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Page 441 - The court said there must be reasonable evidence of negligence; but where the thing is .shown to be under the management of the defendant or his servants, and the accident is such as, in the ordinary course of things, does not happen if those who have the management use proper care, it affords reasonable evidence, in the absence of explanation by the defendant, that the accident arose from want of care.
Page 279 - ... and shall, on the approach of or to other vessels, be exhibited on their respective sides in sufficient time to prevent collision, in such manner as to make them most visible, and so, that the green light shall not be seen on the port side nor the red light on the starboard side, nor, if practicable, more than two points abaft the beam on their respective sides.
Page 381 - Negligence is the omission to do something which a reasonable man, guided upon those considerations which ordinarily regulate the conduct of human affairs, would do, or doing something which a prudent and reasonable man would not do.
Page 276 - ... so constructed as to show an unbroken light over an arc of the horizon of ten points of the compass, so fixed as to throw the light from right ahead to two points abaft the beam...
Page 428 - But it is generally held that, in order to warrant a finding that negligence, or an act not amounting to wanton wrong, is the proximate cause of an injury, it must appear that the injury was the natural and probable consequence of the negligence or wrongful act, and that it ought to have been foreseen in the light of the attending circumstances.
Page 291 - When both are running free, with the wind on different sides, the vessel which has the wind on the port side shall keep out of the way of the other.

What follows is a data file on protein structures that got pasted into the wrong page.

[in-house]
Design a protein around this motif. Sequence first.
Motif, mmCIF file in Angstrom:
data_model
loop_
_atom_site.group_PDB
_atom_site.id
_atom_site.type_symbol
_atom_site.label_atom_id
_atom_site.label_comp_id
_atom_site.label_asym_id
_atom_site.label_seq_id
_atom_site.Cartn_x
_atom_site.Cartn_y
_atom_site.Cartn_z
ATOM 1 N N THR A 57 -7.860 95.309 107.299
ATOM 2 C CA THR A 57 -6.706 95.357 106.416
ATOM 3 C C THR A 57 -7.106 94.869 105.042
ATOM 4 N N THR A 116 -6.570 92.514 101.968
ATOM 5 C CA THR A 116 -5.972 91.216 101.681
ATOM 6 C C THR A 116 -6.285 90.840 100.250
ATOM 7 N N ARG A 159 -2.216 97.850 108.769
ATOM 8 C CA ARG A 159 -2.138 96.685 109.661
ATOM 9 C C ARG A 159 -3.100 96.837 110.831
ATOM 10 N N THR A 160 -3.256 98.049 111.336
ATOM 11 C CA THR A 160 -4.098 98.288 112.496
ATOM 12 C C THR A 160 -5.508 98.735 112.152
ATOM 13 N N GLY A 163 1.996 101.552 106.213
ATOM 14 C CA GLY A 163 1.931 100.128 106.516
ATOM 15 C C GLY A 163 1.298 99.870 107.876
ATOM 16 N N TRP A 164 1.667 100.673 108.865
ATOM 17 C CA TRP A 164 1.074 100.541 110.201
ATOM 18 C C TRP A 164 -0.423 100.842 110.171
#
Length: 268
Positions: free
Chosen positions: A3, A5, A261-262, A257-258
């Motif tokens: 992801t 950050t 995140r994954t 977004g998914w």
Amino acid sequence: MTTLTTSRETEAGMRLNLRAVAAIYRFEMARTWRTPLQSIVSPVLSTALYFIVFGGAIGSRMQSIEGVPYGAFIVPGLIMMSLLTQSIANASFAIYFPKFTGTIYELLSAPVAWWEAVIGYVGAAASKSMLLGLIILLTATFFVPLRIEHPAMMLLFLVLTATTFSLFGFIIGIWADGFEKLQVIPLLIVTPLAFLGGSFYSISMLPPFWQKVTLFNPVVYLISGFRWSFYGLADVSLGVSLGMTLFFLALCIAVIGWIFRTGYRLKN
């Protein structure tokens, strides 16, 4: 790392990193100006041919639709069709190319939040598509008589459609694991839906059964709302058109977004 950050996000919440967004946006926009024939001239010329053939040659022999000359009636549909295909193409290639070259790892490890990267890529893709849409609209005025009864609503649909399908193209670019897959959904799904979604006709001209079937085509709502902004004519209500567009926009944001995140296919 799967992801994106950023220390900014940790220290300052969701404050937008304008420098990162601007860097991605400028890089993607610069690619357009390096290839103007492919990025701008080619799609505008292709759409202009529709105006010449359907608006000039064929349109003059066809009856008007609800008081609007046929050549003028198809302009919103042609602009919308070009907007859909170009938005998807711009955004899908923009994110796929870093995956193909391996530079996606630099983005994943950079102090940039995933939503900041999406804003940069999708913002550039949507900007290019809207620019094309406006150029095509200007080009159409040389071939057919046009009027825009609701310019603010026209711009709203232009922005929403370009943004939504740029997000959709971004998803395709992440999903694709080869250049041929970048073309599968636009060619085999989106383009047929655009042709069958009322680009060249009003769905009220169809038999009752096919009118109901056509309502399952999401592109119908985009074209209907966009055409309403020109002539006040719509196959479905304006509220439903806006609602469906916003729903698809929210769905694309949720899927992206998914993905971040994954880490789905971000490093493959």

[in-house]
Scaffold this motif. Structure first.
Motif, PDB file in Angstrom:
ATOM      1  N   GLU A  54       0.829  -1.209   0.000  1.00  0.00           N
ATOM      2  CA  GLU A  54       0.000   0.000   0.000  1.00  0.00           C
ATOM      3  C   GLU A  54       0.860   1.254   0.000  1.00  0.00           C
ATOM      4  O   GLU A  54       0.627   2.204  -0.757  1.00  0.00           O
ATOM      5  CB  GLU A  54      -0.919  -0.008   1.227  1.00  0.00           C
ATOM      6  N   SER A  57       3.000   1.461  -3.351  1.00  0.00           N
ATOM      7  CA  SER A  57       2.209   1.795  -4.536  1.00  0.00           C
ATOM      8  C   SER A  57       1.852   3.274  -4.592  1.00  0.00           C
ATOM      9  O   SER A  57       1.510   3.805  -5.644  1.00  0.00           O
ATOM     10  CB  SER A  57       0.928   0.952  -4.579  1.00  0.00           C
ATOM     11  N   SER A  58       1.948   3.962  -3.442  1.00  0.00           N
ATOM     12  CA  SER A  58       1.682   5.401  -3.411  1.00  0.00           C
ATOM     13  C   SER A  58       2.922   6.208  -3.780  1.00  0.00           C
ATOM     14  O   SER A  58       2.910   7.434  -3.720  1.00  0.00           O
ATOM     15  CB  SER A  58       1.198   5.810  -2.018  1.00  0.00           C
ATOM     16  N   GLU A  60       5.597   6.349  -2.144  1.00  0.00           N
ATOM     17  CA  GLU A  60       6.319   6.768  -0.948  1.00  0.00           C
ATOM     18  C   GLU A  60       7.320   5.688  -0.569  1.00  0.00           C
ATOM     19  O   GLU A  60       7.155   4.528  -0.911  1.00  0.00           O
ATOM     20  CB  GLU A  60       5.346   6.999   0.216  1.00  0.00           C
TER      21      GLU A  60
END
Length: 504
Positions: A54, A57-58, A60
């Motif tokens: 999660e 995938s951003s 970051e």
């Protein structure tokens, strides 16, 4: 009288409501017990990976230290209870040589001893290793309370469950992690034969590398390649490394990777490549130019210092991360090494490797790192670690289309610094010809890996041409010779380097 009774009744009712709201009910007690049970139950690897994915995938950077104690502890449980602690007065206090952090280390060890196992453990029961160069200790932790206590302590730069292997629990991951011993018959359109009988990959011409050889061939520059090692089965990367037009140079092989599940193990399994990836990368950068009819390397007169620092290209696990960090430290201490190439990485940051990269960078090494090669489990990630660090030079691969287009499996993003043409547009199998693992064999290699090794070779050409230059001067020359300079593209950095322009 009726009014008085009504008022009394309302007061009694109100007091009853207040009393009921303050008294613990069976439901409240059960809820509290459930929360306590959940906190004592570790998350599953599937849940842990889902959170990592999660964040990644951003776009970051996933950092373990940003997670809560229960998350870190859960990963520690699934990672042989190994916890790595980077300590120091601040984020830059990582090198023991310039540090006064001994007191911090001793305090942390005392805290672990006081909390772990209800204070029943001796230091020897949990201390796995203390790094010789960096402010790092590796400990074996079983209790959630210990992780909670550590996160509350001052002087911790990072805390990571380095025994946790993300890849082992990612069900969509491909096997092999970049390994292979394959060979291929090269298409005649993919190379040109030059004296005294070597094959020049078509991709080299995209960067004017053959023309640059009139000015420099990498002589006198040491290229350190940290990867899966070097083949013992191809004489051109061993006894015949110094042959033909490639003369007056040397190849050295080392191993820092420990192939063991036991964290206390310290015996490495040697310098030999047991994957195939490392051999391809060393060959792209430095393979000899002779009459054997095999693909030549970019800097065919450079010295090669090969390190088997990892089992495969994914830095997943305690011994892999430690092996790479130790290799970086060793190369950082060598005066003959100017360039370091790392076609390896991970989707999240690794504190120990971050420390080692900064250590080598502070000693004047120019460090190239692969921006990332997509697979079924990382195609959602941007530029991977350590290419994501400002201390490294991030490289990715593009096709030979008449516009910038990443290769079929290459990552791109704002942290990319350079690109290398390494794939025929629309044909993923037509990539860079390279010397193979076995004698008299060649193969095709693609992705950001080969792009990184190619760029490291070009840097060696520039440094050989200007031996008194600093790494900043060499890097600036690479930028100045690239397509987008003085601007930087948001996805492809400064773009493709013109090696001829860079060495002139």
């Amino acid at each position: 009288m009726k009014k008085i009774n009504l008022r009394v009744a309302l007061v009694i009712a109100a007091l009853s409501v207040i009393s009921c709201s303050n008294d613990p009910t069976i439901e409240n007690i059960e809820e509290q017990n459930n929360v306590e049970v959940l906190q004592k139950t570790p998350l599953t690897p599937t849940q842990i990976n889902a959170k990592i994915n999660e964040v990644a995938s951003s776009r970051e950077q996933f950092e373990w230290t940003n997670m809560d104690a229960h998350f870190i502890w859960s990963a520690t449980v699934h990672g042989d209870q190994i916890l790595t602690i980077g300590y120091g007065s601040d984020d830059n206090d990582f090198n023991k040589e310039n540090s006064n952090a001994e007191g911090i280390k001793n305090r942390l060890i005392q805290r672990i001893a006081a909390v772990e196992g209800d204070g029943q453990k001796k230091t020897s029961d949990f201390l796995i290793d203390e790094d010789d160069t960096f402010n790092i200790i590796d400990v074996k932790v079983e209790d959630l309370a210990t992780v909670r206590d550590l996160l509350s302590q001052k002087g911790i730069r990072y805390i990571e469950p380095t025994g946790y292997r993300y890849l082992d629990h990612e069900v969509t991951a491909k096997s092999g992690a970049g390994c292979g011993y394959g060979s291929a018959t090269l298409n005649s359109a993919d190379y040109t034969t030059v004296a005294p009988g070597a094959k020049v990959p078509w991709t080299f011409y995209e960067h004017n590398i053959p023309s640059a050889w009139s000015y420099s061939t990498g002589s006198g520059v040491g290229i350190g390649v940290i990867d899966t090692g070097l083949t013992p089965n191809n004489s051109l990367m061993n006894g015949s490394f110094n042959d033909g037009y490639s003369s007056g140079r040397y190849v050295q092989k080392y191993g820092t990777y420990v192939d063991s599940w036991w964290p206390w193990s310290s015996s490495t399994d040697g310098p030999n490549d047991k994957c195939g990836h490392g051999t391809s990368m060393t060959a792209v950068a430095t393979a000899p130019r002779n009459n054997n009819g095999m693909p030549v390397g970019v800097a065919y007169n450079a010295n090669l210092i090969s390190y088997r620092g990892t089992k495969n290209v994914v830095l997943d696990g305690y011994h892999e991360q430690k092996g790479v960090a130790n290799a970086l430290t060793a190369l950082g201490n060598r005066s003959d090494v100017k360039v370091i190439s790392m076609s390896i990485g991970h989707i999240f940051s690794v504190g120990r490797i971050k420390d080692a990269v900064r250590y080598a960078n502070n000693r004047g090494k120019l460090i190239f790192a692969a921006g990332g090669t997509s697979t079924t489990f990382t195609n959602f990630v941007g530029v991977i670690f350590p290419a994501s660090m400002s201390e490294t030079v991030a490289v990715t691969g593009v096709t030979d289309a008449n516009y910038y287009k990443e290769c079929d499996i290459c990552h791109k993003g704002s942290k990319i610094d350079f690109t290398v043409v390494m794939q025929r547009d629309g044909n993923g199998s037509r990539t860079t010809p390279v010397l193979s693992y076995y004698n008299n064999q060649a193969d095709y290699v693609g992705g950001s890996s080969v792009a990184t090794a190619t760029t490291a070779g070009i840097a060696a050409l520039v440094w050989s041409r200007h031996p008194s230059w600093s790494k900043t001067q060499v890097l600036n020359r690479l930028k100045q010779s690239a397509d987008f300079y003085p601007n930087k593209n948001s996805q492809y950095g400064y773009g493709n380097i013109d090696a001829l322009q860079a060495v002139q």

Page 277 - ... such lantern shall be exhibited, in sufficient time to prevent collision, so that the green light shall not be seen on the port side nor the red light on the starboard side.
Page 425 - The question always is, was there an unbroken connection between the wrongful act and the injury, — a continuous operation? Did the facts constitute a continuous succession of events, so linked together as to make a natural whole, or was there some new and independent cause intervening between the wrong and the injury?
Page 238 - Those rivers must be regarded as public navigable rivers in law which are navigable in fact. And they are navigable in fact when they are used, or are susceptible of being used, in their ordinary condition, as highways for commerce, over which trade and travel are or may be conducted in the customary modes of trade and travel on water.
Page 271 - The genius and character of the whole government seem to be, that its action is to be applied to all the external concerns of the nation, and to those internal concerns which affect the states generally ; but not to those which are completely within a particular state, which do not affect other states, and with which it is not necessary to interfere for the purpose of executing some of the general powers of the government.